Administrative Hearing Commission
Richard Maseles, Esquire
Cosmetologist’s license not subject to discipline due solely to her graduation from online high school or college. Missouri Bd. of Cosmetology and Barber Examiners v. Nguyen, No. 10-2378 CB (Mo. AHC, May 4, 2012), Dandamudi, C.
When applying to take the cosmetology/manicuring examination, Nguyen indicated on her application that she received diplomas from Continental Academy and Rochville University for high school and college, respectively. After the board issued Nguyen a license, its investigator learned that both were unaccredited, online schools, and sought to discipline Nguyen’s license.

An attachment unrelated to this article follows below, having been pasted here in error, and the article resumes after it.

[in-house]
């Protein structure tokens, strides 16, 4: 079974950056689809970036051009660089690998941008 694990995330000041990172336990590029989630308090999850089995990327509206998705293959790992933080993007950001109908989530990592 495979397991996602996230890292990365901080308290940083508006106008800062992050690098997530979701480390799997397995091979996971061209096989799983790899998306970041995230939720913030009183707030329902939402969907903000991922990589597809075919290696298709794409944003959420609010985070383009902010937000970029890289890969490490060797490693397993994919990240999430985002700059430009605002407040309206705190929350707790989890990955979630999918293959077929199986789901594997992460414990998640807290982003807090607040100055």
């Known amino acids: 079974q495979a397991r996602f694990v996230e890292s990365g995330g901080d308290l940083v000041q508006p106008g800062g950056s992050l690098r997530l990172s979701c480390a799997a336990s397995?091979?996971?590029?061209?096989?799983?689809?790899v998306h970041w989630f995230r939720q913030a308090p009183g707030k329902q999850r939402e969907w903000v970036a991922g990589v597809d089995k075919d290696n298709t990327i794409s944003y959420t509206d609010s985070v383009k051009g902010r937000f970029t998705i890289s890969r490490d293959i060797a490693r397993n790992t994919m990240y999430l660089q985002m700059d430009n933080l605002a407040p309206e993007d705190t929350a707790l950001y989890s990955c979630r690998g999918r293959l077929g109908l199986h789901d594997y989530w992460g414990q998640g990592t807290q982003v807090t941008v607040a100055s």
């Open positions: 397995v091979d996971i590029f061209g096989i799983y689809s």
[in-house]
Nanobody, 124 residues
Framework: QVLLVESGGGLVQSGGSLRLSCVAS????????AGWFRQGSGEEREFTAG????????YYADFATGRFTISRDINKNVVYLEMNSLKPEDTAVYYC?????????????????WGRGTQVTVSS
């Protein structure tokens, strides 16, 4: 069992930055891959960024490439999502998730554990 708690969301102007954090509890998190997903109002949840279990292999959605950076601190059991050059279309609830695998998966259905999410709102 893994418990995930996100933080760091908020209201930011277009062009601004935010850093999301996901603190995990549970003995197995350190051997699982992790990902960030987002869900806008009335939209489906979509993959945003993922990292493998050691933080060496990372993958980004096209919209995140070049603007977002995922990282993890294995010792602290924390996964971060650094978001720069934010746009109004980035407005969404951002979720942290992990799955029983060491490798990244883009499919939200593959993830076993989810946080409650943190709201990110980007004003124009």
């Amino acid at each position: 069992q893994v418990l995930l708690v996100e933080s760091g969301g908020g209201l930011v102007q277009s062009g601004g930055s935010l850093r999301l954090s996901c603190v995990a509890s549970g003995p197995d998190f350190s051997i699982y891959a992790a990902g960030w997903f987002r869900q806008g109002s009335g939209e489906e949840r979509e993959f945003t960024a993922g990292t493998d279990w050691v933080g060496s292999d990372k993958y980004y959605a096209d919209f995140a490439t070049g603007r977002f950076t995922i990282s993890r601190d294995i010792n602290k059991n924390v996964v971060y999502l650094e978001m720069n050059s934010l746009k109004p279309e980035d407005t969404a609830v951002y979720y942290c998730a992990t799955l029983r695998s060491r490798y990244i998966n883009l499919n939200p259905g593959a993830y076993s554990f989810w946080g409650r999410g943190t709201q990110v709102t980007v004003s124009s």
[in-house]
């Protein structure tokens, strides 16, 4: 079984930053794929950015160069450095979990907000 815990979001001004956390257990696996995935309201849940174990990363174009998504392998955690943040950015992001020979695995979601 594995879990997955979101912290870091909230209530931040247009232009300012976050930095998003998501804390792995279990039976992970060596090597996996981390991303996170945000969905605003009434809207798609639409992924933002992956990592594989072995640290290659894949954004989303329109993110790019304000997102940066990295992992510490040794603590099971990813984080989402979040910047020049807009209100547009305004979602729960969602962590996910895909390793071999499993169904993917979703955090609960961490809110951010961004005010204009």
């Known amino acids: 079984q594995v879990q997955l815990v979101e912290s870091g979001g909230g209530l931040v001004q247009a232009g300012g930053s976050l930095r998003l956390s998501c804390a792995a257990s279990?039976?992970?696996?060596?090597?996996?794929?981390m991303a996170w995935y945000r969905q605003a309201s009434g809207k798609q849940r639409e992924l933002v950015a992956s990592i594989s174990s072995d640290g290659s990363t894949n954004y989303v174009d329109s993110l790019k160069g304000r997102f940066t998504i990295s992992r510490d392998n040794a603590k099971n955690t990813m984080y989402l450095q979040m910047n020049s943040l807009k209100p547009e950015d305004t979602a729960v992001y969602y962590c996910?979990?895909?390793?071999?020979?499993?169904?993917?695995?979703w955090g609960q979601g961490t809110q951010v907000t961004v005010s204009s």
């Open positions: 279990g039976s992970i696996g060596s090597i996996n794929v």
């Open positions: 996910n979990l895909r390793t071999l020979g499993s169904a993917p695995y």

Decision: The commission declined to find grounds for discipline. The board failed to produce any direct evidence of Nguyen’s intent to defraud, deceive, or misrepresent. The evidence led to a more likely inference of ignorance rather than intent. There was no ground for discipline for violation of a law, because the board failed to cite the law that was allegedly broken. There was no ground for discipline for inducing the issuance of a license due to a material mistake of fact, as § 329.050.1(1) only requires an applicant to have completed tenth grade, and the facts did not establish whether or not Nguyen had completed that grade. Because Nguyen did not make any misrepresentations on her application, the commission found no violation of professional trust or confidence.